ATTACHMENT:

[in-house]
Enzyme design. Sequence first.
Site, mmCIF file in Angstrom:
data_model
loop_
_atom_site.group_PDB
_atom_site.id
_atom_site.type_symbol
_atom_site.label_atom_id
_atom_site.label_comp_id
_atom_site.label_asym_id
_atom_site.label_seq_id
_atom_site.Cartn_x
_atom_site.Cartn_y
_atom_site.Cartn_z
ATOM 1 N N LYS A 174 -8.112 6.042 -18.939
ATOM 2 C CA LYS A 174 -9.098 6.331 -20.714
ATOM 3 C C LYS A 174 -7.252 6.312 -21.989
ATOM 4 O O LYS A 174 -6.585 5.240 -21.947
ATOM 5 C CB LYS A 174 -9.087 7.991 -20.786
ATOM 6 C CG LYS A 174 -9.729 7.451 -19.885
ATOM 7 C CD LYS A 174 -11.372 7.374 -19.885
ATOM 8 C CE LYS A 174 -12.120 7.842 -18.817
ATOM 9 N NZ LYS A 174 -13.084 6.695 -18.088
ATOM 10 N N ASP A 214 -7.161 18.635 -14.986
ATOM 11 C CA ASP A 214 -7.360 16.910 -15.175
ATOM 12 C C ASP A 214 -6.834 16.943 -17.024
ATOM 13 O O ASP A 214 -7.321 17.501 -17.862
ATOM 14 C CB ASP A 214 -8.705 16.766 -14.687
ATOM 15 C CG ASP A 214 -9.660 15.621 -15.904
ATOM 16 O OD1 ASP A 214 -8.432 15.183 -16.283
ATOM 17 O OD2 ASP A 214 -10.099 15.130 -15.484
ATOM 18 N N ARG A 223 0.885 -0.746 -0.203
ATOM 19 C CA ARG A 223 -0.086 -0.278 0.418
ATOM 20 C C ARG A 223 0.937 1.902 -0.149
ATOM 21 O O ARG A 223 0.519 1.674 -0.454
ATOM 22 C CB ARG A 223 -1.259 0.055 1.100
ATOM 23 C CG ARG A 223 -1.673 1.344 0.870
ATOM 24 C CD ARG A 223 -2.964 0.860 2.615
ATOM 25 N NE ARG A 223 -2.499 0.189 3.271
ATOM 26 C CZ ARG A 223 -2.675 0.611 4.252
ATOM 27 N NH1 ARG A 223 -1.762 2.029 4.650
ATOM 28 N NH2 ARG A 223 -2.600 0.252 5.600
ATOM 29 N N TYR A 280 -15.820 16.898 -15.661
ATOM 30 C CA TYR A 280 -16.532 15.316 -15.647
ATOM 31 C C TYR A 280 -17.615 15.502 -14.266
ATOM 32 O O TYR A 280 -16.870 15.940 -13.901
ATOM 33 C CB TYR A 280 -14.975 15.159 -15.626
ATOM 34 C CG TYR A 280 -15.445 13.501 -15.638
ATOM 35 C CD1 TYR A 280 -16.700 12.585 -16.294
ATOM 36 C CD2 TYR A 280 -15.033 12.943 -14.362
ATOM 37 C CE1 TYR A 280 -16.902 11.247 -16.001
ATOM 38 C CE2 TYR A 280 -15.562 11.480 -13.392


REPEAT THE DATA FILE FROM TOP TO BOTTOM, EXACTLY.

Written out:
[in-house]
Enzyme design. Sequence first.
Site, mmCIF file in Angstrom:
data_model
loop_
_atom_site.group_PDB
_atom_site.id
_atom_site.type_symbol
_atom_site.label_atom_id
_atom_site.label_comp_id
_atom_site.label_asym_id
_atom_site.label_seq_id
_atom_site.Cartn_x
_atom_site.Cartn_y
_atom_site.Cartn_z
ATOM 1 N N LYS A 174 -8.112 6.042 -18.939
ATOM 2 C CA LYS A 174 -9.098 6.331 -20.714
ATOM 3 C C LYS A 174 -7.252 6.312 -21.989
ATOM 4 O O LYS A 174 -6.585 5.240 -21.947
ATOM 5 C CB LYS A 174 -9.087 7.991 -20.786
ATOM 6 C CG LYS A 174 -9.729 7.451 -19.885
ATOM 7 C CD LYS A 174 -11.372 7.374 -19.885
ATOM 8 C CE LYS A 174 -12.120 7.842 -18.817
ATOM 9 N NZ LYS A 174 -13.084 6.695 -18.088
ATOM 10 N N ASP A 214 -7.161 18.635 -14.986
ATOM 11 C CA ASP A 214 -7.360 16.910 -15.175
ATOM 12 C C ASP A 214 -6.834 16.943 -17.024
ATOM 13 O O ASP A 214 -7.321 17.501 -17.862
ATOM 14 C CB ASP A 214 -8.705 16.766 -14.687
ATOM 15 C CG ASP A 214 -9.660 15.621 -15.904
ATOM 16 O OD1 ASP A 214 -8.432 15.183 -16.283
ATOM 17 O OD2 ASP A 214 -10.099 15.130 -15.484
ATOM 18 N N ARG A 223 0.885 -0.746 -0.203
ATOM 19 C CA ARG A 223 -0.086 -0.278 0.418
ATOM 20 C C ARG A 223 0.937 1.902 -0.149
ATOM 21 O O ARG A 223 0.519 1.674 -0.454
ATOM 22 C CB ARG A 223 -1.259 0.055 1.100
ATOM 23 C CG ARG A 223 -1.673 1.344 0.870
ATOM 24 C CD ARG A 223 -2.964 0.860 2.615
ATOM 25 N NE ARG A 223 -2.499 0.189 3.271
ATOM 26 C CZ ARG A 223 -2.675 0.611 4.252
ATOM 27 N NH1 ARG A 223 -1.762 2.029 4.650
ATOM 28 N NH2 ARG A 223 -2.600 0.252 5.600
ATOM 29 N N TYR A 280 -15.820 16.898 -15.661
ATOM 30 C CA TYR A 280 -16.532 15.316 -15.647
ATOM 31 C C TYR A 280 -17.615 15.502 -14.266
ATOM 32 O O TYR A 280 -16.870 15.940 -13.901
ATOM 33 C CB TYR A 280 -14.975 15.159 -15.626
ATOM 34 C CG TYR A 280 -15.445 13.501 -15.638
ATOM 35 C CD1 TYR A 280 -16.700 12.585 -16.294
ATOM 36 C CD2 TYR A 280 -15.033 12.943 -14.362
ATOM 37 C CE1 TYR A 280 -16.902 11.247 -16.001
ATOM 38 C CE2 TYR A 280 -15.562 11.480 -13.392